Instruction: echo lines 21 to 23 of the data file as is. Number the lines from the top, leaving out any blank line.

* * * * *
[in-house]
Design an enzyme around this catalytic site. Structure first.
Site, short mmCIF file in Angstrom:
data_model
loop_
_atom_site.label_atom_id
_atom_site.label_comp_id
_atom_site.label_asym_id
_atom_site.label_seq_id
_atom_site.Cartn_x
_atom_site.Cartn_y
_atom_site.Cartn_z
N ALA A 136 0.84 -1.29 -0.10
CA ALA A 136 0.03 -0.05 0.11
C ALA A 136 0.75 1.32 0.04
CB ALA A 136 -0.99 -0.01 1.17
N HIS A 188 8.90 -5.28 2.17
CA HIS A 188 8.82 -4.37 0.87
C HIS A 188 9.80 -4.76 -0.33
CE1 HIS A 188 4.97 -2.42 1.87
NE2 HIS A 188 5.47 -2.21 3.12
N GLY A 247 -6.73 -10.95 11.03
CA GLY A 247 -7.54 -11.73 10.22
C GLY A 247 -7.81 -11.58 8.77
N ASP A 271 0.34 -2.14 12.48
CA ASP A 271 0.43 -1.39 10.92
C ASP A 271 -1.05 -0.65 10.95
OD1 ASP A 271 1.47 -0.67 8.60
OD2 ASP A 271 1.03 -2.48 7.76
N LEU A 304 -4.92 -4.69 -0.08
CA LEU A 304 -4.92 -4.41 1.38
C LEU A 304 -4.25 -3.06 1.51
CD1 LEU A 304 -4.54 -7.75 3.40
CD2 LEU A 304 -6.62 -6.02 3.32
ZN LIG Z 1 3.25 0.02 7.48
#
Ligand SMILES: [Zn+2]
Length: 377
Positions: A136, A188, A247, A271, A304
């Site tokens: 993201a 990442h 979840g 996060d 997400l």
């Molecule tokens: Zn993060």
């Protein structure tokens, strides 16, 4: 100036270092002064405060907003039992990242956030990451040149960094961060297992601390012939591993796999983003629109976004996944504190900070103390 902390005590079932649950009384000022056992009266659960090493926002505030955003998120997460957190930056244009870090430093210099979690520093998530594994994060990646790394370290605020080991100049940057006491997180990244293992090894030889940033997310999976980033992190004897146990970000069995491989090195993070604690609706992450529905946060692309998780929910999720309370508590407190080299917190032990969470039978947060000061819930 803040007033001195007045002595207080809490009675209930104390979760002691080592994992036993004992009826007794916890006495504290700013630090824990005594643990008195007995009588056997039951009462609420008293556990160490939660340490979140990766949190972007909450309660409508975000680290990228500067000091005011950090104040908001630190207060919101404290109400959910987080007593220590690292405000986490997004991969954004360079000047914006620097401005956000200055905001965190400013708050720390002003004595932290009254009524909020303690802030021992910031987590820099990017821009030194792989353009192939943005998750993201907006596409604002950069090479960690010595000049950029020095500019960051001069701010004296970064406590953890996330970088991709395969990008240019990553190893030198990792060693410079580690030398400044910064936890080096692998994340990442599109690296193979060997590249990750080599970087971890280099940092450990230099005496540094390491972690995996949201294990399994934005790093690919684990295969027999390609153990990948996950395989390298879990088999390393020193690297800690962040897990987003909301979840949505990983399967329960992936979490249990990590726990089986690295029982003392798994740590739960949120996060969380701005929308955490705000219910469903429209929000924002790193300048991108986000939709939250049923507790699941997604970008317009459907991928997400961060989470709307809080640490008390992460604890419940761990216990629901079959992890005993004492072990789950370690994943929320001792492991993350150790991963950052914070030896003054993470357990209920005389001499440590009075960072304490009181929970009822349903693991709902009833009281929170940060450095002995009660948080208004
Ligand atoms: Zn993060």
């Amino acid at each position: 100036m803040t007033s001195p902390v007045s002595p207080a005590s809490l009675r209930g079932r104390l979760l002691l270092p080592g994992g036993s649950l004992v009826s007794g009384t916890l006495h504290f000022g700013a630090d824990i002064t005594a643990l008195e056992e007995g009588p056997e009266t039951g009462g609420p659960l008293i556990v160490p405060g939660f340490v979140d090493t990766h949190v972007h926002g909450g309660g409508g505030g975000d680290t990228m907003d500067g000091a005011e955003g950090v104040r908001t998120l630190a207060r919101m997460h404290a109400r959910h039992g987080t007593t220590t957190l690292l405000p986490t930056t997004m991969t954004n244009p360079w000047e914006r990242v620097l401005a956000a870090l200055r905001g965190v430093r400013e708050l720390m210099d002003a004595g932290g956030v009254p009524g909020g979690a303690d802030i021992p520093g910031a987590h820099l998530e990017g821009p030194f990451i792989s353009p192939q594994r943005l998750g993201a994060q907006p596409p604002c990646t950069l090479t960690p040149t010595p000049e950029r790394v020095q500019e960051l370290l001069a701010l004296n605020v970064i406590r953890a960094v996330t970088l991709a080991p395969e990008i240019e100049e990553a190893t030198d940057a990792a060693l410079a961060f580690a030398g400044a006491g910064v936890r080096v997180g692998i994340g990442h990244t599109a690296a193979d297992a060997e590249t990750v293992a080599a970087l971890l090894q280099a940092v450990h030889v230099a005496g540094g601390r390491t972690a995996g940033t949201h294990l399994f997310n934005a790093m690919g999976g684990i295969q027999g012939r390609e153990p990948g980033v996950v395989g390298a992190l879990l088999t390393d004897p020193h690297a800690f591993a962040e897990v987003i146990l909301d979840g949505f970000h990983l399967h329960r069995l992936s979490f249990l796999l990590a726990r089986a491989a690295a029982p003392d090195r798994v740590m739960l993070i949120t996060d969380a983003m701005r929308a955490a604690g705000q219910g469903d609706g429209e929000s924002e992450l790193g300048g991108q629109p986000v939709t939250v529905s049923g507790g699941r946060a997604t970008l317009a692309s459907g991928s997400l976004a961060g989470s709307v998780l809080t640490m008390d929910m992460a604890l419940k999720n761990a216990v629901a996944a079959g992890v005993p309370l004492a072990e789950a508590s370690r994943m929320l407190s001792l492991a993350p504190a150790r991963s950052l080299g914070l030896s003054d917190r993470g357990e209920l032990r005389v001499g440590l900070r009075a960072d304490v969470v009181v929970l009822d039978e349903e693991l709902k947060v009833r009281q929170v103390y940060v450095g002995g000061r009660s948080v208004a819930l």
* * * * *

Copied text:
NE2 HIS A 188 5.47 -2.21 3.12
N GLY A 247 -6.73 -10.95 11.03
CA GLY A 247 -7.54 -11.73 10.22